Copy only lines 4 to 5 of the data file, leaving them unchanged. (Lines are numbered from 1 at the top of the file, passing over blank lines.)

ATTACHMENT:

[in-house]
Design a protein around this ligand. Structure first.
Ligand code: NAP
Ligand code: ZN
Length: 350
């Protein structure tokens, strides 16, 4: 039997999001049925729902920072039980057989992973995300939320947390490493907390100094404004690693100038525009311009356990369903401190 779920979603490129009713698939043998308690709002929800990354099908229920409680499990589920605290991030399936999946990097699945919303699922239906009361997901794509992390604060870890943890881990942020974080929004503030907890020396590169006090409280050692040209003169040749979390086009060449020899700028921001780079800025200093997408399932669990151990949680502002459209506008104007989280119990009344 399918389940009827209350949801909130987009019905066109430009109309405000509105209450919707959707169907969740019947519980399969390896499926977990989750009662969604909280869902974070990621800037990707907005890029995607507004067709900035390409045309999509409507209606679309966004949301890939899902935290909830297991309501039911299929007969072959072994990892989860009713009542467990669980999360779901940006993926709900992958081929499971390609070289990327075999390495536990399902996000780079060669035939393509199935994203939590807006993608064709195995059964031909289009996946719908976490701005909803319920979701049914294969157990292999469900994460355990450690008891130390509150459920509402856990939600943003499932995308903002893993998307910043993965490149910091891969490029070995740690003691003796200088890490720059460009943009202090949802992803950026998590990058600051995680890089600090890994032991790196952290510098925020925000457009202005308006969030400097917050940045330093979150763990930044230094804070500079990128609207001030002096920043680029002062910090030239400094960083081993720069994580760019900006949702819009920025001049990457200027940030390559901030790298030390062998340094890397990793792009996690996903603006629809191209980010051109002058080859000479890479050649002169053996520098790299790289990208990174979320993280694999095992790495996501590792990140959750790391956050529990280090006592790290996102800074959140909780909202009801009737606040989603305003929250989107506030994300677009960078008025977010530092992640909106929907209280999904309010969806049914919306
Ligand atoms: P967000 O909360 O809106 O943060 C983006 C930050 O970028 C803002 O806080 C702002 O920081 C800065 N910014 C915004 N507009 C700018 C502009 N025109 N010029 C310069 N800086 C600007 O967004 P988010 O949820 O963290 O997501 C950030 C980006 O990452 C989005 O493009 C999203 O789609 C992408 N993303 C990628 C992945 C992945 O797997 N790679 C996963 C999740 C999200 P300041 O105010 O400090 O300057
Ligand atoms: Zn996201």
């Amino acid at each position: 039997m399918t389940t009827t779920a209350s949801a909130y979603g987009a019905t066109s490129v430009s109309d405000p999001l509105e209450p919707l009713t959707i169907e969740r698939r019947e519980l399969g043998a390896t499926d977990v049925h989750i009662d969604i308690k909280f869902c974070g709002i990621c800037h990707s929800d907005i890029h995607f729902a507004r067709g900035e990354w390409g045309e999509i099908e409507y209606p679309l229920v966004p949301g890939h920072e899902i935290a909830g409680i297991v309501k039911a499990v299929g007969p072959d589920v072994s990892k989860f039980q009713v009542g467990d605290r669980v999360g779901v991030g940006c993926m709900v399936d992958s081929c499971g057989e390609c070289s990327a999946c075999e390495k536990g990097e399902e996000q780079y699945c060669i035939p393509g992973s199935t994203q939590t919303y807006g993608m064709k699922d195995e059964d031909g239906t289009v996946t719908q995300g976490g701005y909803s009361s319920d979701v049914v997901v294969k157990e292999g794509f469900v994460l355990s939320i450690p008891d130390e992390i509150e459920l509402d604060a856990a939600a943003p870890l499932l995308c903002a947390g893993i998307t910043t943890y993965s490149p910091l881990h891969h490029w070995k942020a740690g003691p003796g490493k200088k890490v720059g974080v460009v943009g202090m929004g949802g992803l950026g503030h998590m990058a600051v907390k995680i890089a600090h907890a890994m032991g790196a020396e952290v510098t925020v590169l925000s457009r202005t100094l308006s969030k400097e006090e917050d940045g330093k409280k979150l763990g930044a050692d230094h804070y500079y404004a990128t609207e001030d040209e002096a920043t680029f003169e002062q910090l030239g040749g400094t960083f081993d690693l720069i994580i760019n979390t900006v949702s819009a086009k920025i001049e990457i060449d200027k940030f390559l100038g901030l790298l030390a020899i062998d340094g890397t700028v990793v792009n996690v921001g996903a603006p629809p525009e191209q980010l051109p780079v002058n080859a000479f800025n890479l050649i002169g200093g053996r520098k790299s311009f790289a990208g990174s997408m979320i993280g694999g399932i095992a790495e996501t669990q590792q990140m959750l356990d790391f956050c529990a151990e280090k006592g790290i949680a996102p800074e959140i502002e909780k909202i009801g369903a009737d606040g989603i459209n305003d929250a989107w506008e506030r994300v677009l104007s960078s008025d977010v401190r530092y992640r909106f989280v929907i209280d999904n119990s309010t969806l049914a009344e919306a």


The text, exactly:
Ligand code: ZN
Length: 350